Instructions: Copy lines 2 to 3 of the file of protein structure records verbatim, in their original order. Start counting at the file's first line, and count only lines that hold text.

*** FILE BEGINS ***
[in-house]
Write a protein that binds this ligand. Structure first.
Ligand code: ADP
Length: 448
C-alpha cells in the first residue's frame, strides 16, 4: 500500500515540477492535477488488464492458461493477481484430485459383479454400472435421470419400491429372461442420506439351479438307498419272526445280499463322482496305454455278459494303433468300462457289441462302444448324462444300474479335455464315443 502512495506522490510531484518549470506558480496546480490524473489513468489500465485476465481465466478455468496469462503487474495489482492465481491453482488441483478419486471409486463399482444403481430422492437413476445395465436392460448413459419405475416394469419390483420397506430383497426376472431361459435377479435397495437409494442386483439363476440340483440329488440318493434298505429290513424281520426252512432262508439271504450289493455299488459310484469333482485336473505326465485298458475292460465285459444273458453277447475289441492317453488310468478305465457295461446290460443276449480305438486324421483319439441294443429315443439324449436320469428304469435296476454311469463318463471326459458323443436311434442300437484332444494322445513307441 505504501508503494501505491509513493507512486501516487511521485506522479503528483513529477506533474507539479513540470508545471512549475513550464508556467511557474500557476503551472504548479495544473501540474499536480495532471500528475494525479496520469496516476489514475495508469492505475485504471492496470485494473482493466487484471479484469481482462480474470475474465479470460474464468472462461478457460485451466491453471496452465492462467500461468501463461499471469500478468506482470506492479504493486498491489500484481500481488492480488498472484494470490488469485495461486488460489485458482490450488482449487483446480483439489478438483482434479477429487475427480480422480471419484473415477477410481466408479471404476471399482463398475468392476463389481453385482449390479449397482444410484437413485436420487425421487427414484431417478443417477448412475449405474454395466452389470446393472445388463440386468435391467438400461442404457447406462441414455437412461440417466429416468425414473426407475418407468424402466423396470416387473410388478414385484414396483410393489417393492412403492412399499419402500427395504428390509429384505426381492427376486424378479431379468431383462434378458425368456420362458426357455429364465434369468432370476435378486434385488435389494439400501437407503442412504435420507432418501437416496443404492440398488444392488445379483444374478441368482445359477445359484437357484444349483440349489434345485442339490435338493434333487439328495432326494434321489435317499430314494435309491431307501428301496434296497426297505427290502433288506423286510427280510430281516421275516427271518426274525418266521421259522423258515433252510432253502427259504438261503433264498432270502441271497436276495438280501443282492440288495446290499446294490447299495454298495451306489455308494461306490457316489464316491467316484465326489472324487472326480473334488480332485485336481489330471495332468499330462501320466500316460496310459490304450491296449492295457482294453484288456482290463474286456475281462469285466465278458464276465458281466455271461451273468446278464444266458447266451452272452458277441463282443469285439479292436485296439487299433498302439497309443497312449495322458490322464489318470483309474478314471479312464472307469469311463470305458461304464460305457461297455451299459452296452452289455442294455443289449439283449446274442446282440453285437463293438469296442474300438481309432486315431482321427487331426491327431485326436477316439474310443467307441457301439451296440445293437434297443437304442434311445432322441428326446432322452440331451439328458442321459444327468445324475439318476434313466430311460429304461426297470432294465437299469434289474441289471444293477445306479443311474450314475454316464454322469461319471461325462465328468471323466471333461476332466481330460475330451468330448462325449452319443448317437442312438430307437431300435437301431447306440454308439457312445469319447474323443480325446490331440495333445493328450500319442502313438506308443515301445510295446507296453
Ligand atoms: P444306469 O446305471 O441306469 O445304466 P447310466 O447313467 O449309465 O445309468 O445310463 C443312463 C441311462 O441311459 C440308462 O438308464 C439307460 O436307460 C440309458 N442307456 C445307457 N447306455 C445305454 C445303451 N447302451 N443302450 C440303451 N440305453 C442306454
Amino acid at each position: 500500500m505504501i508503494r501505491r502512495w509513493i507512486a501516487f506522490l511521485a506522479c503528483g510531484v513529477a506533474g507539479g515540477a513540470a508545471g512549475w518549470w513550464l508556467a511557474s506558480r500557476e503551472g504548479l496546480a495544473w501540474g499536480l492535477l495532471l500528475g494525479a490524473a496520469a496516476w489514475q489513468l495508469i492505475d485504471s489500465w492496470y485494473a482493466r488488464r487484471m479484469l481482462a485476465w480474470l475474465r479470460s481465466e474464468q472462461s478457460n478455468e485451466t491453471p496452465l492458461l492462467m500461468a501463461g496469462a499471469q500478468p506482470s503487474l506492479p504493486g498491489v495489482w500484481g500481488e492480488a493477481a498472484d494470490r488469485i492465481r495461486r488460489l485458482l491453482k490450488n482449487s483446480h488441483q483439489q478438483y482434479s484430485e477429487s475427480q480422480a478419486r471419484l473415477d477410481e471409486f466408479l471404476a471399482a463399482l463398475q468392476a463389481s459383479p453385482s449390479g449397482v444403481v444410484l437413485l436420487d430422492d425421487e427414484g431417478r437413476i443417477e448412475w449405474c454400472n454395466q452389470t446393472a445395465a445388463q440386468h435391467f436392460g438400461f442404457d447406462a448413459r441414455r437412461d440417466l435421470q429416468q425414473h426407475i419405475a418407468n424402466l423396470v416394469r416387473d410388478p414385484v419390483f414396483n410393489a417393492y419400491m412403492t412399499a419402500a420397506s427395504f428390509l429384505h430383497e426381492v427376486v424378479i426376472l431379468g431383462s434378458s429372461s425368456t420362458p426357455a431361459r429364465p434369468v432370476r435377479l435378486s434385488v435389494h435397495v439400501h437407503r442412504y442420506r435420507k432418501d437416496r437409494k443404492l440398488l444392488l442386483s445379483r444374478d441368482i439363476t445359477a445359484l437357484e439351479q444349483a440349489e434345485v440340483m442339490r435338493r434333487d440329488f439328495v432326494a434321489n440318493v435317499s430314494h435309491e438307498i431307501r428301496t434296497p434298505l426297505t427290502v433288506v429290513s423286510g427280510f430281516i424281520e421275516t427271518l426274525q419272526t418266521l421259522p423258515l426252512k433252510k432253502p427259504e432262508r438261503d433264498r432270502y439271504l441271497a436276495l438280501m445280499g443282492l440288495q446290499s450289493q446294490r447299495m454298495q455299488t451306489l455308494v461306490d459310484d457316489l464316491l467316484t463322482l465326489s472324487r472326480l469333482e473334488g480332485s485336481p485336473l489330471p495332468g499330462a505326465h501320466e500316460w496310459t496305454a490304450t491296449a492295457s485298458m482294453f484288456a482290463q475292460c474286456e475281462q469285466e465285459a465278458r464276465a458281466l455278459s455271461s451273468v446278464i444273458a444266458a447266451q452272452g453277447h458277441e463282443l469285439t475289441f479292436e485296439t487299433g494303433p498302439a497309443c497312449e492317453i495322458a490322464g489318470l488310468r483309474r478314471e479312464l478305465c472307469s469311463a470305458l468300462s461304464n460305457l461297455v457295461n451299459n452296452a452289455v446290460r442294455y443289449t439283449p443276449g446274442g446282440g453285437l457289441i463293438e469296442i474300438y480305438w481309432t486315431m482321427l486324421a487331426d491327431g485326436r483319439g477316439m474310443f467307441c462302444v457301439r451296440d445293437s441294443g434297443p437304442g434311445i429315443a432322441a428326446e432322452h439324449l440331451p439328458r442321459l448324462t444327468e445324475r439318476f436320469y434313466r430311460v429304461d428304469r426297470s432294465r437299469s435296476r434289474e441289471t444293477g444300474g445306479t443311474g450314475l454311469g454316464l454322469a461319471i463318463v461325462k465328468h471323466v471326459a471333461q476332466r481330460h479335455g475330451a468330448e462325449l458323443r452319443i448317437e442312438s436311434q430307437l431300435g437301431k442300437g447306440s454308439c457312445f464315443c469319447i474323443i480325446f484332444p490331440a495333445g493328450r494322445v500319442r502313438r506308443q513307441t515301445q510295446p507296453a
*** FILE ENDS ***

Write a protein that binds this ligand. Structure first.
Ligand code: ADP